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Living with Heart Failure: The OT Role

Living with Heart Failure: The OT Role
Camille Tovera-Magsombol, OTD, OTR/L
November 5, 2019

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Heart: Anatomy and Physiology

Thank you, everybody, for taking the time out to listen to this webinar today. Today, we are going to tackle heart failure in three different ways. First, we are going to discuss the normal physiology and pathophysiology of heart failure. Then, we are going to discuss a way to assess or look at our heart failure patients to guide our treatment, as well as, highlight the importance of goal setting in the context of lifestyle modification and self-management. Lastly, we are going to discuss self-management for heart failure, and how as occupational therapists, we can really contribute a lot to this aspect.


  • Atria
    • Upper chamber
    • Left and right
  • Ventricles
    • Lower chamber
    • Left and right
  • Septum
    • Separates the left and right sides of the heart
    • Participates in conductivity and ventricular contraction

We all know that the heart has four chambers, and there are left and right sides. The upper chambers are the atria, and the lower chambers are the ventricles. The septum separates the heart into a left side and a right side. And, there are valves.

  • Atrioventricular Valves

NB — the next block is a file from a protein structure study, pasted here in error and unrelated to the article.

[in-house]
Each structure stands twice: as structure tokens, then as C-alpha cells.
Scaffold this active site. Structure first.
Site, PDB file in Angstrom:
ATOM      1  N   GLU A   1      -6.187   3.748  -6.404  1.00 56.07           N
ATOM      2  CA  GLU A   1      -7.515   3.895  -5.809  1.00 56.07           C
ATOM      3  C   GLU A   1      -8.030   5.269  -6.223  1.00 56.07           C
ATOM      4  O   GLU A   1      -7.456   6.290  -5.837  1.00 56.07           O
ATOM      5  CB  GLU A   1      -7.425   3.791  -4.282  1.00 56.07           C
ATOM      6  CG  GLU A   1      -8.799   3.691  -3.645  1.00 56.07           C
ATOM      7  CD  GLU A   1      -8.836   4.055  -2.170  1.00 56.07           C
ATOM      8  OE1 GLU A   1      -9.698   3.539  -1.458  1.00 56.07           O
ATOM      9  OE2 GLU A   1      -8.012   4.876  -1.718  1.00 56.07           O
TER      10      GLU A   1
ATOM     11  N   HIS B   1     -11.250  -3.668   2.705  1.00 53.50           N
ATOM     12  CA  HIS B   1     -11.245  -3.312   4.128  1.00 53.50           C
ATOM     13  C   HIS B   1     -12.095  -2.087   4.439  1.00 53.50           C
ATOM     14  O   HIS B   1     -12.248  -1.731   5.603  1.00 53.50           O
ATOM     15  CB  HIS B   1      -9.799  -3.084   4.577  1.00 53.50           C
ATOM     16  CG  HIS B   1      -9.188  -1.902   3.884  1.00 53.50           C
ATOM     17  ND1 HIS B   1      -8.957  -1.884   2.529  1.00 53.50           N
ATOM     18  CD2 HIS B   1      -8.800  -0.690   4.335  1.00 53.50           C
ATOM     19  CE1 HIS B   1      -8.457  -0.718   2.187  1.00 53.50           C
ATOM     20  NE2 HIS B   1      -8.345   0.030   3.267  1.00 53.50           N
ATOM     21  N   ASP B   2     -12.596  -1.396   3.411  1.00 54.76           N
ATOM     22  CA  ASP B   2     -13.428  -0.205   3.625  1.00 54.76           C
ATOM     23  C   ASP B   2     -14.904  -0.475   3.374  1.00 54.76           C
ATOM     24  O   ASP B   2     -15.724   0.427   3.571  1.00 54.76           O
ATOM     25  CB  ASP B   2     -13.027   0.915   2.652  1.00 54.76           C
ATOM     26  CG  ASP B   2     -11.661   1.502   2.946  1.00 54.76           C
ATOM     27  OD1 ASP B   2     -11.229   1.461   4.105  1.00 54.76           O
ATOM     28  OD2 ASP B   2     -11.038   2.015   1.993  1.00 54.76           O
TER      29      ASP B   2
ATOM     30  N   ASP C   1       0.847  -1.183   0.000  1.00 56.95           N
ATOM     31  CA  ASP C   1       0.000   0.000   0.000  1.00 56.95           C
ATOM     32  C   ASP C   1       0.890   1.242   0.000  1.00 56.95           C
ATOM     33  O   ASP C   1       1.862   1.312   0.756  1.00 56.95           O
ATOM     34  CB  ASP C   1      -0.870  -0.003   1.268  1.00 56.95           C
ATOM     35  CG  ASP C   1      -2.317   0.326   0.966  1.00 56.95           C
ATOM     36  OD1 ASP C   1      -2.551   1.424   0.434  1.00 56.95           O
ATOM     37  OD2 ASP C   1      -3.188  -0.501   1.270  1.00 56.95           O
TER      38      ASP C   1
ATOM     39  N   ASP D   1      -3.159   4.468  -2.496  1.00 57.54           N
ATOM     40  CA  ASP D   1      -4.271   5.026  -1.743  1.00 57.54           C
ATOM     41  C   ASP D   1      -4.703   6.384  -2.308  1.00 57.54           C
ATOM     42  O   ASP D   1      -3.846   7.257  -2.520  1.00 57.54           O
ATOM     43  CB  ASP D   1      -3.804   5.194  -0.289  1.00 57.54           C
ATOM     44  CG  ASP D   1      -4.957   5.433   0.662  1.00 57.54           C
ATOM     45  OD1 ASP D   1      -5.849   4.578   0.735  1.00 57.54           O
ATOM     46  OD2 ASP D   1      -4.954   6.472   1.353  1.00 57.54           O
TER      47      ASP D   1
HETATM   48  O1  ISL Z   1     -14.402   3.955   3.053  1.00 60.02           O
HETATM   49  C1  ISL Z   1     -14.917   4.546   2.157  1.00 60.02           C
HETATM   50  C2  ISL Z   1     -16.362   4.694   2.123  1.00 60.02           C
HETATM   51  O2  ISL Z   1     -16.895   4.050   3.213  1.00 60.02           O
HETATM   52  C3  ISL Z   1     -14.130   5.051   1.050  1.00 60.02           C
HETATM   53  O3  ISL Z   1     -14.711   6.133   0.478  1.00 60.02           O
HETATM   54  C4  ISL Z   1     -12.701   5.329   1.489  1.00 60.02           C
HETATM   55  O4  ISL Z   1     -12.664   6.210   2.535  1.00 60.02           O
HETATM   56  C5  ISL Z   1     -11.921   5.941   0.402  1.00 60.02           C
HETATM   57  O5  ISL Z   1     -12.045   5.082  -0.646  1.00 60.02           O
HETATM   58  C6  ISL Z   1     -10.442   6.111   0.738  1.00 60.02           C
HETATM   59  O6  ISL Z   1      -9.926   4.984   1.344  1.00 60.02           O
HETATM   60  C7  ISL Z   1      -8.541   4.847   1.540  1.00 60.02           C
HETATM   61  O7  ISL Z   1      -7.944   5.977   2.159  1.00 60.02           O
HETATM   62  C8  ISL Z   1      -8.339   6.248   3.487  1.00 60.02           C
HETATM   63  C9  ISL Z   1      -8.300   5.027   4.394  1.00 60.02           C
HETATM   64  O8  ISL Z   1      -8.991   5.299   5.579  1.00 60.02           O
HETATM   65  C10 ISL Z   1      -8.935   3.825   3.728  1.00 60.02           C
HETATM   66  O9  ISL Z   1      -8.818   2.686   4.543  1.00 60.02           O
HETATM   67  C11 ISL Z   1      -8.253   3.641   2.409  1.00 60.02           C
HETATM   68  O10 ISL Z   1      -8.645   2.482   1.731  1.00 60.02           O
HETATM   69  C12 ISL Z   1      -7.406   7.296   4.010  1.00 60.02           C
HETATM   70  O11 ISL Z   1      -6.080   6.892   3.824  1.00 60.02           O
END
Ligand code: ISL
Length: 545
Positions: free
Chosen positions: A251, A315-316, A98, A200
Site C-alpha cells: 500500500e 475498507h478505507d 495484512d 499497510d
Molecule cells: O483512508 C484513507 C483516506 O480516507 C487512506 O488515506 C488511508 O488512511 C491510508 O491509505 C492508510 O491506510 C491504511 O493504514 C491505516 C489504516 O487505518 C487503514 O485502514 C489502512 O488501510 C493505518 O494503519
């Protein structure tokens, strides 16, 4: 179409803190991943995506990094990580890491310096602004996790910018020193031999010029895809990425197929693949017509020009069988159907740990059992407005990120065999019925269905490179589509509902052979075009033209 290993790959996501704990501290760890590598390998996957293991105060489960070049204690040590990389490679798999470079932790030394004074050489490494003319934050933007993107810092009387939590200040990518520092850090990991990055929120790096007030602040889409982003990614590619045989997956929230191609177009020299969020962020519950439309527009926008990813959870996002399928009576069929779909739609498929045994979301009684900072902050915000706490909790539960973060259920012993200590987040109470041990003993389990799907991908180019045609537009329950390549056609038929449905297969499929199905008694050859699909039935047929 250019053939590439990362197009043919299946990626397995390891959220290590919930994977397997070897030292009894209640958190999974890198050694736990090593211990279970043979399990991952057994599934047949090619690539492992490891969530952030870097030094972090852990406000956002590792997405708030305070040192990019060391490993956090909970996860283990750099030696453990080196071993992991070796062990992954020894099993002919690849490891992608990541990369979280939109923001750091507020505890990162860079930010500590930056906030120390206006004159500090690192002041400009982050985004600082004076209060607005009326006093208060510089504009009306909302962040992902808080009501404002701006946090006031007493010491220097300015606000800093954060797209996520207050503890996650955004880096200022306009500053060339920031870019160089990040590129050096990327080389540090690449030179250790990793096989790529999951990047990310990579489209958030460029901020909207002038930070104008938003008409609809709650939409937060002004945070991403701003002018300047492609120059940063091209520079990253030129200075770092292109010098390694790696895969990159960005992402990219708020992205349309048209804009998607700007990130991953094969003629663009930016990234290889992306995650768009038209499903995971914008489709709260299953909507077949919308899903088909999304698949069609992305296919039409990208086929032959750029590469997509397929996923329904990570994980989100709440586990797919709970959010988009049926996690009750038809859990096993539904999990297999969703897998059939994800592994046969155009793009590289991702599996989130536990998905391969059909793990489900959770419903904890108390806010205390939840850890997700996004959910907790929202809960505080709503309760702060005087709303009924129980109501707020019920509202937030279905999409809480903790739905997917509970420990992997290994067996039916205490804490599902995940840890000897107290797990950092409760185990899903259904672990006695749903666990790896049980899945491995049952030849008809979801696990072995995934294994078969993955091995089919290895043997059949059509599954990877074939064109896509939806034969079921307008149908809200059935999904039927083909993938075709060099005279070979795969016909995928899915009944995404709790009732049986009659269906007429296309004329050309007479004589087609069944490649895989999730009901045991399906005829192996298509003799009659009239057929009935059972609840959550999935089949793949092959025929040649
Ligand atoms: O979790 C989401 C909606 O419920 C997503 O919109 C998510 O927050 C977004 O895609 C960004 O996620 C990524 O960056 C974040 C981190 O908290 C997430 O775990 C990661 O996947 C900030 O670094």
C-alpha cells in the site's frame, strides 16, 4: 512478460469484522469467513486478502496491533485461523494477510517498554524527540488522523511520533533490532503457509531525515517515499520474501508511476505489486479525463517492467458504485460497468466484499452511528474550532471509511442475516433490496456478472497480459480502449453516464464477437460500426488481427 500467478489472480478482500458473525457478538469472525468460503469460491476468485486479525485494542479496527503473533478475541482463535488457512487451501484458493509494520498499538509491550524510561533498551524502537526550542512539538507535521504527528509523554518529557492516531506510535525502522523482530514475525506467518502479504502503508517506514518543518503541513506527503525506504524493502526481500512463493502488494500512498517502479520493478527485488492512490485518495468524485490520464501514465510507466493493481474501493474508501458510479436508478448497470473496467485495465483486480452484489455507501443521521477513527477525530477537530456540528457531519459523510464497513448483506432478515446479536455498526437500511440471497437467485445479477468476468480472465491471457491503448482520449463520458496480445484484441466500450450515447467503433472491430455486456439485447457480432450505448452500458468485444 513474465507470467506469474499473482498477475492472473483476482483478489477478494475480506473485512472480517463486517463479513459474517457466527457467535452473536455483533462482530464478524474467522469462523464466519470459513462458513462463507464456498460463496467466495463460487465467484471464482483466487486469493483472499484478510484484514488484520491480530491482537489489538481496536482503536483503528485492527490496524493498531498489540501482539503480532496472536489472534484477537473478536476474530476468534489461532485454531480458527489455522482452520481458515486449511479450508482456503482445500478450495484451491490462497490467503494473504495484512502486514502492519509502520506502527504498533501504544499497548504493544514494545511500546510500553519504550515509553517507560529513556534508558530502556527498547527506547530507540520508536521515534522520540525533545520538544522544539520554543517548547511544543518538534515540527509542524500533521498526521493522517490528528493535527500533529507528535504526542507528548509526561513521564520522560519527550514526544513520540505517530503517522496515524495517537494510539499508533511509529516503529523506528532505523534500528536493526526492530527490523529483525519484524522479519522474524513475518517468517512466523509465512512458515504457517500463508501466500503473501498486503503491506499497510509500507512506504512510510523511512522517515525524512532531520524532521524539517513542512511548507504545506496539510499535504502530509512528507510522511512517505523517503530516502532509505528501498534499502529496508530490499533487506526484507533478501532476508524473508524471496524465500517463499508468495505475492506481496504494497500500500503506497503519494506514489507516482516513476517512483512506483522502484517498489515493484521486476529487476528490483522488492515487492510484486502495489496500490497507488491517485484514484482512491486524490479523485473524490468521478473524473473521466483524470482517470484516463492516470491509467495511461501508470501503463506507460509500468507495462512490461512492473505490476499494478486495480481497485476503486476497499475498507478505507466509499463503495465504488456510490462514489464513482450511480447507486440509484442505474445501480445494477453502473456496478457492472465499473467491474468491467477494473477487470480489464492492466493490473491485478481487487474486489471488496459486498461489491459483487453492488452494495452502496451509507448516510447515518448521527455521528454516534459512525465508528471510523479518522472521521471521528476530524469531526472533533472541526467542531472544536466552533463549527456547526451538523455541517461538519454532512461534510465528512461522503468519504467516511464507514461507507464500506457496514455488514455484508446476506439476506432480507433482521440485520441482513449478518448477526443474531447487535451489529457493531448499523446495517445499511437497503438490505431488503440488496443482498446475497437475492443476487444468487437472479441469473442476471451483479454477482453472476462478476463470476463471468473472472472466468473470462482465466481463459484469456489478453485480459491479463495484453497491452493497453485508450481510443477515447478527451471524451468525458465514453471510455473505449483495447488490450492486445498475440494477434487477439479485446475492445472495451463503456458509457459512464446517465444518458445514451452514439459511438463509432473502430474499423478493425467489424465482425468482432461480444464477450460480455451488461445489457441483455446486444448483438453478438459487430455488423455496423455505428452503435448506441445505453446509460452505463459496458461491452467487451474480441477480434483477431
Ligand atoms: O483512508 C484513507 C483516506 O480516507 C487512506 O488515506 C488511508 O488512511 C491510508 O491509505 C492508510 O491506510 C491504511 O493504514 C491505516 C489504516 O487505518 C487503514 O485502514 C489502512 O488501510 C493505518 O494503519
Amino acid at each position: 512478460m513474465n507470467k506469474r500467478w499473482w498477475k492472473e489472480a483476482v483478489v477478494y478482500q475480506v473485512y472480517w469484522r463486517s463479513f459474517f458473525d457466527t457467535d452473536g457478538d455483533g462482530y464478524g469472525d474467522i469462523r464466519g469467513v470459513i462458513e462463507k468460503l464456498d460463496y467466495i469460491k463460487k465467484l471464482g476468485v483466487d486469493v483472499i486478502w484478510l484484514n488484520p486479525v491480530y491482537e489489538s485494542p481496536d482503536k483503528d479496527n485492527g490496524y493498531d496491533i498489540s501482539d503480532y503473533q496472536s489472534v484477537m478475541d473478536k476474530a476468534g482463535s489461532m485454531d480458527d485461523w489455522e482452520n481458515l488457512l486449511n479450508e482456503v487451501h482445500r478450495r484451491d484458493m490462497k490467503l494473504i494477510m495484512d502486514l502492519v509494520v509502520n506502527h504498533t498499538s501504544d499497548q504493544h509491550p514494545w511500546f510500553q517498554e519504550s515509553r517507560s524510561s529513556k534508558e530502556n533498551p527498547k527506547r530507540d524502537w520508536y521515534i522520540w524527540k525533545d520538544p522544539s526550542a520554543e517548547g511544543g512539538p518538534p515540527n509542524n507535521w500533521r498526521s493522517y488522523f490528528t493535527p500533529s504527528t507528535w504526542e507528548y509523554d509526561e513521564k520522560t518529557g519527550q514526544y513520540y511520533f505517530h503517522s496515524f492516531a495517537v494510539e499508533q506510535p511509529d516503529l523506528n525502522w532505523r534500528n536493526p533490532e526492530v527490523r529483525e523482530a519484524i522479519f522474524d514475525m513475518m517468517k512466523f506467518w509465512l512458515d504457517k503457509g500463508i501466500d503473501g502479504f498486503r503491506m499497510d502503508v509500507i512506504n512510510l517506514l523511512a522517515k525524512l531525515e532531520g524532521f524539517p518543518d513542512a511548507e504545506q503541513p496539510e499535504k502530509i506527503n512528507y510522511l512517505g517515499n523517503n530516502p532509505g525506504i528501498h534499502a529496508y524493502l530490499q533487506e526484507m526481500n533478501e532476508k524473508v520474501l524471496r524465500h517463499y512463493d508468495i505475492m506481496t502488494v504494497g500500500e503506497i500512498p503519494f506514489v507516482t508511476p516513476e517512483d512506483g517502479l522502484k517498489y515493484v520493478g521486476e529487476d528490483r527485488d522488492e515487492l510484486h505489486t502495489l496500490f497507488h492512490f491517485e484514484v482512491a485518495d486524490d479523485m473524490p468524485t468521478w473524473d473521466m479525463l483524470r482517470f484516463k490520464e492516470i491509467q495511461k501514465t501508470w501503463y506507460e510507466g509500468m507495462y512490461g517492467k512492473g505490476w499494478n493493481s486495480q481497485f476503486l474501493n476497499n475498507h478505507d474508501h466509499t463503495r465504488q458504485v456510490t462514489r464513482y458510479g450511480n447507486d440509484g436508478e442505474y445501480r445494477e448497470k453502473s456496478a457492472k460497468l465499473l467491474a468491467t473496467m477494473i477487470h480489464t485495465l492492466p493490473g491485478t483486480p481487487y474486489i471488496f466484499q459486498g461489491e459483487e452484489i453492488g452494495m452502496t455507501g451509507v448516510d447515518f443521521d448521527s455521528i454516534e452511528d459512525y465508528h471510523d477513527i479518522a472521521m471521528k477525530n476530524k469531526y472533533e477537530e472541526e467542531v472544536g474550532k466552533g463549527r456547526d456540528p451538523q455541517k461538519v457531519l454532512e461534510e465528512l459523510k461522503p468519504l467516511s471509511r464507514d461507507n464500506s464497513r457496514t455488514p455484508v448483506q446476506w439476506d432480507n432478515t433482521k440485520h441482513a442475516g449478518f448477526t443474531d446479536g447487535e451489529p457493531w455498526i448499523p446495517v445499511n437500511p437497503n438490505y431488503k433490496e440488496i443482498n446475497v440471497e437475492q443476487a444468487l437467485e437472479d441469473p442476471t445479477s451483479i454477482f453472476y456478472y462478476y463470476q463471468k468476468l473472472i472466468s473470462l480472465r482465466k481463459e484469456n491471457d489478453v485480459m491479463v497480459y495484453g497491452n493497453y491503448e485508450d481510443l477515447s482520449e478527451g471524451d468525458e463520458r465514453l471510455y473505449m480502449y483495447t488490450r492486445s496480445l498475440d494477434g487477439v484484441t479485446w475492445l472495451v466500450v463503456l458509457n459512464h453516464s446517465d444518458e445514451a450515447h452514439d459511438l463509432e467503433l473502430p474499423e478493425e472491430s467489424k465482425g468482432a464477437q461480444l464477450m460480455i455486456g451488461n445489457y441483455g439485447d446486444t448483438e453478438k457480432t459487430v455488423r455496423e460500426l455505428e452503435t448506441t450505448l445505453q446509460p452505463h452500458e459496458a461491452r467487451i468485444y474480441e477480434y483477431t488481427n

• Tricuspid: R atrium and R ventricle
    • Mitral: L atrium and L ventricle
  • Semilunar Valves
    • Pulmonary: R ventricle and pulmonary artery
    • Aortic: L ventricle and aorta

The valves allow the heart to fill with blood that will be brought out to the rest of the body. Figure 1 shows a schematic of how the blood goes throughout the rest of our body.

Figure 1. Heart structures.

As you can see, our lungs and our heart are interrelated. If there is something wrong with the lungs, it can affect the heart. Consequently, if there is something wrong with the heart, it can eventually involve the lungs.

Circulatory System

Figure 2 is a Sankey diagram of how the blood is distributed to the different parts of our body. You can see in this diagram how the body distributes blood to where it is needed the most.

Figure 2. Sankey diagram showing circulation to different parts of the body.

For example, when exercising, the circulatory system can shift blood to the skeletal muscles instead of other parts of the body. Below is another diagram to represent blood flow (Figure 3).

Figure 3. Circulation diagram.

Heart Failure: Definition and Pathophysiology


  • The inability of the heart to meet the body’s metabolic needs (Cassady & Cahalin, 2011)
  • The heart cannot fill chambers with enough blood
  • The heart cannot pump blood to the body effectively (National Heart, Lung, and Blood Institute, n.d.)
  • Not all patients with HF are congested (Yancy et al., 2013)
  • Complex clinical syndrome vs a diagnosis

Heart failure is an inability of the heart to meet a body's metabolic needs. The heart cannot fill the chambers with enough blood or pump blood to the body effectively. It is also very important for us to realize that not all heart failure is congestive. There is also an issue where the heart can get so stiff that it cannot relax enough to receive the blood. Therefore, you do not have enough blood to send out to the rest of the body. We should also think about heart failure as a clinical syndrome versus a diagnosis. It is a clinical picture that lets the clinicians decide if it is heart failure or not. Figure 4 is just a depiction of what heart failure would look like after remodeling.